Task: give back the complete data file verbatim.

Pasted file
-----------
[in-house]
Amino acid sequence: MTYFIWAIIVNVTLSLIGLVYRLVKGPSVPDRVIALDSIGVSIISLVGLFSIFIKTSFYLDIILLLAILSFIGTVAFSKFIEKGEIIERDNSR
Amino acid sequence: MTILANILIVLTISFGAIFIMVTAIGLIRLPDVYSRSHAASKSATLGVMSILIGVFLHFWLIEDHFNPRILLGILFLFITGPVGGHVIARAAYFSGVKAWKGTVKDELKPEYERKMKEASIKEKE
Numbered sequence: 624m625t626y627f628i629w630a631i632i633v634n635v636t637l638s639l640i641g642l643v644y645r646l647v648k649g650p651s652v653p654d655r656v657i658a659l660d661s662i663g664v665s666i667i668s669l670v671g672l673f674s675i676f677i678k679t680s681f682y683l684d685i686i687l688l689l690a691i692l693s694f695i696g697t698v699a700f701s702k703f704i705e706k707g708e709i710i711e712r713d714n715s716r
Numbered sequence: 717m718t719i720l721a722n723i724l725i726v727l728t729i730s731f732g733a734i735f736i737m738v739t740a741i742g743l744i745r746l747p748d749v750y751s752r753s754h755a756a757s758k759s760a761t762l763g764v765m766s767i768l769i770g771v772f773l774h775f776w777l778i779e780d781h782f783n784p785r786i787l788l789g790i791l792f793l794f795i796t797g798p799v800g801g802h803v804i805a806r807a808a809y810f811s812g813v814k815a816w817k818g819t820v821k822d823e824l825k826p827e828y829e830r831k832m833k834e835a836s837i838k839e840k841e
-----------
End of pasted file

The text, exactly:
[in-house]
Amino acid sequence: MTYFIWAIIVNVTLSLIGLVYRLVKGPSVPDRVIALDSIGVSIISLVGLFSIFIKTSFYLDIILLLAILSFIGTVAFSKFIEKGEIIERDNSR
Amino acid sequence: MTILANILIVLTISFGAIFIMVTAIGLIRLPDVYSRSHAASKSATLGVMSILIGVFLHFWLIEDHFNPRILLGILFLFITGPVGGHVIARAAYFSGVKAWKGTVKDELKPEYERKMKEASIKEKE
Numbered sequence: 624m625t626y627f628i629w630a631i632i633v634n635v636t637l638s639l640i641g642l643v644y645r646l647v648k649g650p651s652v653p654d655r656v657i658a659l660d661s662i663g664v665s666i667i668s669l670v671g672l673f674s675i676f677i678k679t680s681f682y683l684d685i686i687l688l689l690a691i692l693s694f695i696g697t698v699a700f701s702k703f704i705e706k707g708e709i710i711e712r713d714n715s716r
Numbered sequence: 717m718t719i720l721a722n723i724l725i726v727l728t729i730s731f732g733a734i735f736i737m738v739t740a741i742g743l744i745r746l747p748d749v750y751s752r753s754h755a756a757s758k759s760a761t762l763g764v765m766s767i768l769i770g771v772f773l774h775f776w777l778i779e780d781h782f783n784p785r786i787l788l789g790i791l792f793l794f795i796t797g798p799v800g801g802h803v804i805a806r807a808a809y810f811s812g813v814k815a816w817k818g819t820v821k822d823e824l825k826p827e828y829e830r831k832m833k834e835a836s837i838k839e840k841e